Linda Newton, from Dronfield, was diagnosed with pancreatic cancer early last year. She spent the last days of her life in the Inpatient Unit at Ashgate Hospicecare in November 2017. Her son, Dan Newton, hopes to raise thousands of pounds over the next few years so that more families like his can access hospice care when they need it.
Dan will be running the London Marathon in April and he will also be taking part in Ashgate Hospicecare’s Sparkle Night Walk on 7th July. Dan talks about the care his mum, Linda, received from the Hospice and asks that we consider donating to his Just Giving page this Mother’s Day to help care for more brilliant mums and their family members.
“My mum, Linda, lived a great life and had a big impact on a lot of people. She had lots of very close friends who she cherished and who brought her genuine happiness. She was a kind and warm-hearted person and she taught me that you never get a second chance to make a first impression. Mum had been a constant throughout the whole of my life, supporting me every step of the way.
She was a hairdresser passionate about forging strong relationships with her clients. Whenever they came into the salon, they would talk about their lives and their families with her. She made every person who came in feel special.
When mum told me she had pancreatic cancer a year ago, it was very difficult to take. But her positive attitude was infectious and she took us all with her in thinking ‘what will be will be’. In the meantime, we all agreed to make the most of the time we have together.
She was determined to fight the cancer and so a few months later, mum braved the surgery to have her pancreas out. Unfortunately, this did not get rid of the cancer and she got progressively more unwell.
When mum was first admitted to Ashgate Hospicecare it was really hard for us, but we knew that this was the best place for her. She was in a lot of pain at that point and so we knew that she needed specialist hospice care.
On every one of the occasions I visited mum at the Hospice, I was made to feel very welcome. The staff were always attentive to my needs as well as mum’s. One moment I remember in particular was when I was sat in the reception area reading my book, giving mum a bit of rest from visitors, and one of the reception staff made me a cup of tea. The same scenario occurred a few days later and the same lady came up to me and said, “Strong tea with no sugar?” I nodded and two minutes later she came back through with the drink.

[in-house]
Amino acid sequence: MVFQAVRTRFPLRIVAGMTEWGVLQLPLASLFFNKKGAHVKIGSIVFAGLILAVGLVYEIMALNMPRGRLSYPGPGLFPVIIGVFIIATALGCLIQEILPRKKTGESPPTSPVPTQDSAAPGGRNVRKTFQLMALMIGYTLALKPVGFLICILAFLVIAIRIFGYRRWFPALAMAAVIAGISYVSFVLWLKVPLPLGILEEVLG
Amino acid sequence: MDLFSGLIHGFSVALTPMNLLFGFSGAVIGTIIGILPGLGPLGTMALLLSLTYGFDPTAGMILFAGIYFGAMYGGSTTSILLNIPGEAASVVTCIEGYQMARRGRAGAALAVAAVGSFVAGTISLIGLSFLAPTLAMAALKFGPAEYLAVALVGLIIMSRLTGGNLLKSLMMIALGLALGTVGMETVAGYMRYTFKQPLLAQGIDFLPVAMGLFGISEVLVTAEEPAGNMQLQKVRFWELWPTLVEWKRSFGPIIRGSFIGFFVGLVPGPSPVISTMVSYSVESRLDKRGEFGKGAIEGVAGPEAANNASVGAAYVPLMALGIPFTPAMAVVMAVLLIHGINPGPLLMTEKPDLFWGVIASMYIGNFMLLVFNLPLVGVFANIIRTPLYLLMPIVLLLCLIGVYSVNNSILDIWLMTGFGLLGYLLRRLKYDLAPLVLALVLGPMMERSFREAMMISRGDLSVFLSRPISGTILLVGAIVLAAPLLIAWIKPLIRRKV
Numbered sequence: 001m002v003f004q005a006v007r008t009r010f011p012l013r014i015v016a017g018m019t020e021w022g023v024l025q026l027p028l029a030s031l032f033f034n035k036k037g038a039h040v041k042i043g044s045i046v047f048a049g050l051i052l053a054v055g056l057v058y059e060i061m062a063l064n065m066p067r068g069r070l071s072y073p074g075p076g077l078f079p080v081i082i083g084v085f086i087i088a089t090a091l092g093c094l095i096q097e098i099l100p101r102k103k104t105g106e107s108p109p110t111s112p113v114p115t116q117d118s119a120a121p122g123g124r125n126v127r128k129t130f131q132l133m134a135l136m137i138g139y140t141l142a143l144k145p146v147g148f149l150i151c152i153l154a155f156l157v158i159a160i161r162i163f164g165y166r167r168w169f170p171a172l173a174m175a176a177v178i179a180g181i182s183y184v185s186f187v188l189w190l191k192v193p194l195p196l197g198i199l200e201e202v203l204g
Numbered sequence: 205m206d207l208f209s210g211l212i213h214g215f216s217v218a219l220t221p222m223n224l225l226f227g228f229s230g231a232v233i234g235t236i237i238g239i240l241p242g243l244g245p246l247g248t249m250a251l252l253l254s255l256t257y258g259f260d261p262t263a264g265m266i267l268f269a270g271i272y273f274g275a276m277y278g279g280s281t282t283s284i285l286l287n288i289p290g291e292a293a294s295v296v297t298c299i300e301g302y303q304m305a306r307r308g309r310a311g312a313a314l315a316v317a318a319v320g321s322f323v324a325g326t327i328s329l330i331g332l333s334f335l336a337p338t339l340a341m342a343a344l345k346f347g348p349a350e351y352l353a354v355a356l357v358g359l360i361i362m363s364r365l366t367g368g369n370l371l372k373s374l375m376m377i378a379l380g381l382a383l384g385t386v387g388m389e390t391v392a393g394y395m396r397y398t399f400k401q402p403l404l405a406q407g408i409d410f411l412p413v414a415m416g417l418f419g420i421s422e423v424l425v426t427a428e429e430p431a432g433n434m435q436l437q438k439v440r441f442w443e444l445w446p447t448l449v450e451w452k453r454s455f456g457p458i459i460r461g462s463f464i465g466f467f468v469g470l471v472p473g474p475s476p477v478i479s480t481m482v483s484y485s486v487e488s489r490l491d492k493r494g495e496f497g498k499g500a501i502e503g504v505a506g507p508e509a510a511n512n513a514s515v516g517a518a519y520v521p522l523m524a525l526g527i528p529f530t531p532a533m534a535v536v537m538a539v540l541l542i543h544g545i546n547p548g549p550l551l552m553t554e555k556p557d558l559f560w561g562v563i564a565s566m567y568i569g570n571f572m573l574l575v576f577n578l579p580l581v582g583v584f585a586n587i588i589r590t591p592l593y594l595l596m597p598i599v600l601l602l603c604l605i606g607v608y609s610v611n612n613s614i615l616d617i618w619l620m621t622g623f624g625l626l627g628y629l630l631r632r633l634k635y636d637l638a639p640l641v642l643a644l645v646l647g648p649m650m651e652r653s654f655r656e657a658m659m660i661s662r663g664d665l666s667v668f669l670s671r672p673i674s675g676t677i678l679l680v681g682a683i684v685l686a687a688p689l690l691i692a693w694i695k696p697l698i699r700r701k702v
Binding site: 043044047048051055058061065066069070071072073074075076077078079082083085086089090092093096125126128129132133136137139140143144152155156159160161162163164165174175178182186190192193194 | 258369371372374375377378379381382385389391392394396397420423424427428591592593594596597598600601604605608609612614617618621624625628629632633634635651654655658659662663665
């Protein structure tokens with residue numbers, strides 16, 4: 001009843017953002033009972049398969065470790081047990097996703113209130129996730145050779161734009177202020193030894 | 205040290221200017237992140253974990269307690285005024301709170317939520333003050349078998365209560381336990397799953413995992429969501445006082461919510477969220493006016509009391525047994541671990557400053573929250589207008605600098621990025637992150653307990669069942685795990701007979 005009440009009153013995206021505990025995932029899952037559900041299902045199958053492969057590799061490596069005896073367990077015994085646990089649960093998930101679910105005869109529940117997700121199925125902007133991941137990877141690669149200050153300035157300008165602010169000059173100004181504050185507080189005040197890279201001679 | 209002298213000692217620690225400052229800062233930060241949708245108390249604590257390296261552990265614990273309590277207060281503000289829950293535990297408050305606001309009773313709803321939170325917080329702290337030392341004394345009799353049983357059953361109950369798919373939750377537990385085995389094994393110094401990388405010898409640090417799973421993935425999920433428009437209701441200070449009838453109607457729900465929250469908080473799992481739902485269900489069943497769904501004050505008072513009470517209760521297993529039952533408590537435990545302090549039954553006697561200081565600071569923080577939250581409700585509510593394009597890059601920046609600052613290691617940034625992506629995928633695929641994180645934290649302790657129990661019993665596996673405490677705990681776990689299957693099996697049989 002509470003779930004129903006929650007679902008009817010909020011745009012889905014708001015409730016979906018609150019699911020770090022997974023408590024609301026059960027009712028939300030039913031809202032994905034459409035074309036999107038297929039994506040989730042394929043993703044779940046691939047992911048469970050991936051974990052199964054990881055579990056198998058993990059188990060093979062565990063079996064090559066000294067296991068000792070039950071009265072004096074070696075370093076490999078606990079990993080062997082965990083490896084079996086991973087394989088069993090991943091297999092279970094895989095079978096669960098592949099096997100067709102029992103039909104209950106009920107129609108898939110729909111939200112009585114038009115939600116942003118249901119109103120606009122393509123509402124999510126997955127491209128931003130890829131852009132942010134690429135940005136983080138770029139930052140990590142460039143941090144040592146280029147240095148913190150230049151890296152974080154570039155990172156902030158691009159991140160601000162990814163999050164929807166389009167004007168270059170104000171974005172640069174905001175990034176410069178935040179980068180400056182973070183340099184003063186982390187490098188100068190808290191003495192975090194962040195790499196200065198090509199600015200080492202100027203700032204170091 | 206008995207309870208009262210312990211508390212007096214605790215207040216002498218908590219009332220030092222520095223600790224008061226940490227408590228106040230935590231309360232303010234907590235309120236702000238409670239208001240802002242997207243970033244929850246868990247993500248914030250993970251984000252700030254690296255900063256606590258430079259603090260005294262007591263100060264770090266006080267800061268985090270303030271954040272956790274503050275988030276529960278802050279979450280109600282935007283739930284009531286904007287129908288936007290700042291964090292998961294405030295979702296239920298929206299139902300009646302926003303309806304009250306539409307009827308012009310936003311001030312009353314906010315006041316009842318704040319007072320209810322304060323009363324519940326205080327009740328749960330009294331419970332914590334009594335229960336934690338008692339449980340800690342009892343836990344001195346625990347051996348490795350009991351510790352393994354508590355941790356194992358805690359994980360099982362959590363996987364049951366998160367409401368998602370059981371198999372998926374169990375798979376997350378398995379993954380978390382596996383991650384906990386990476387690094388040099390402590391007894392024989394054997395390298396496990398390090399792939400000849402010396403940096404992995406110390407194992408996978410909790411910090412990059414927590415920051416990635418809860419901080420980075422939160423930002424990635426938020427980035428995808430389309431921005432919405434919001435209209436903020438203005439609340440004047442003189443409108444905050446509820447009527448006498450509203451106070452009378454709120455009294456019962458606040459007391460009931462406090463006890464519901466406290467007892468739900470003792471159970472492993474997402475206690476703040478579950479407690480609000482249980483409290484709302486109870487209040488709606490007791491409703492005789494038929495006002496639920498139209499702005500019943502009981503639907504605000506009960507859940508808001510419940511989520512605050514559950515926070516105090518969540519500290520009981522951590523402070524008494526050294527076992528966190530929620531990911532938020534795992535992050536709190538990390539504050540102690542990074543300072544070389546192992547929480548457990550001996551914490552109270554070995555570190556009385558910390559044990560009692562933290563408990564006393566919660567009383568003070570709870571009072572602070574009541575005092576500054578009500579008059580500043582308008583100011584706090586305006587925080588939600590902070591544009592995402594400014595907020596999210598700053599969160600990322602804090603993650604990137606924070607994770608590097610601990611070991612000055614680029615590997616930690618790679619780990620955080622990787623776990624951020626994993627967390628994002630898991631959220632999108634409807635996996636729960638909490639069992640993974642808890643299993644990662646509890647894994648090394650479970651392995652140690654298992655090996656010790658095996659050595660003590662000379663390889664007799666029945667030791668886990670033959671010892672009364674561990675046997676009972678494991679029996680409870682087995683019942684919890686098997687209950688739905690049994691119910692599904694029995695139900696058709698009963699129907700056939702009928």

Another thing that was very important to me was that the doctors would always look me in the eye whenever they were giving information. They understood the impact the information they were giving could have on me and they came across as very honest and caring whenever they spoke to me.
Although mum was in pain, she was made as comfortable as possible and that was thanks to the people here. So much time was given to help mum readjust the position she was in on the bed, to listen to her and to understand how she was feeling. The staff did all they could to make things better for her. Mum wanted her family and close friends around her and, whenever it was possible, they helped to make that happen.
She lost her appetite whilst she was there, but she did enjoy the lemon sorbets. Even if it wasn’t on the menu that day, the staff did what they could to try to find one for her.
About 250 people came to the service we had for her life; a testament to the strong friendships that she made throughout her life. My brother and I spoke about the good times and the life lessons that mum had taught us and as people were leaving the church, they told us that they couldn’t agree more with what we had said and told us lots of amazing stories of my mum that really resonated with them.
Although I miss mum today and have missed her every day since November, I feel very lucky to have had 38 years with her and for that I am hugely grateful. The world is quieter and less colourful without her.
Her legacy for me is to always believe in myself and to be courageous, to regularly go beyond my comfort zone and be the best I can possibly be. That’s why I’m running the London marathon. It will be very challenging, but I want to do it to prove to myself that I can do it, and I want to do it for my mum.
I want to raise as much money as possible so that every family who needs hospice care can get it. It’s important to me to do this as a small gesture of thanks to every member of staff who helped to care for mum and for being so kind to us. We want to say thanks to the staff for treating mum with great care and respect and for their efforts and attention. I know that by raising this money I’m helping to ensure that others can receive such excellent care. In the circumstances, you couldn’t wish for more for your mum.”
Please donate today and help to ensure that Ashgate Hospicecare can keep caring for more brilliant mums and their family members.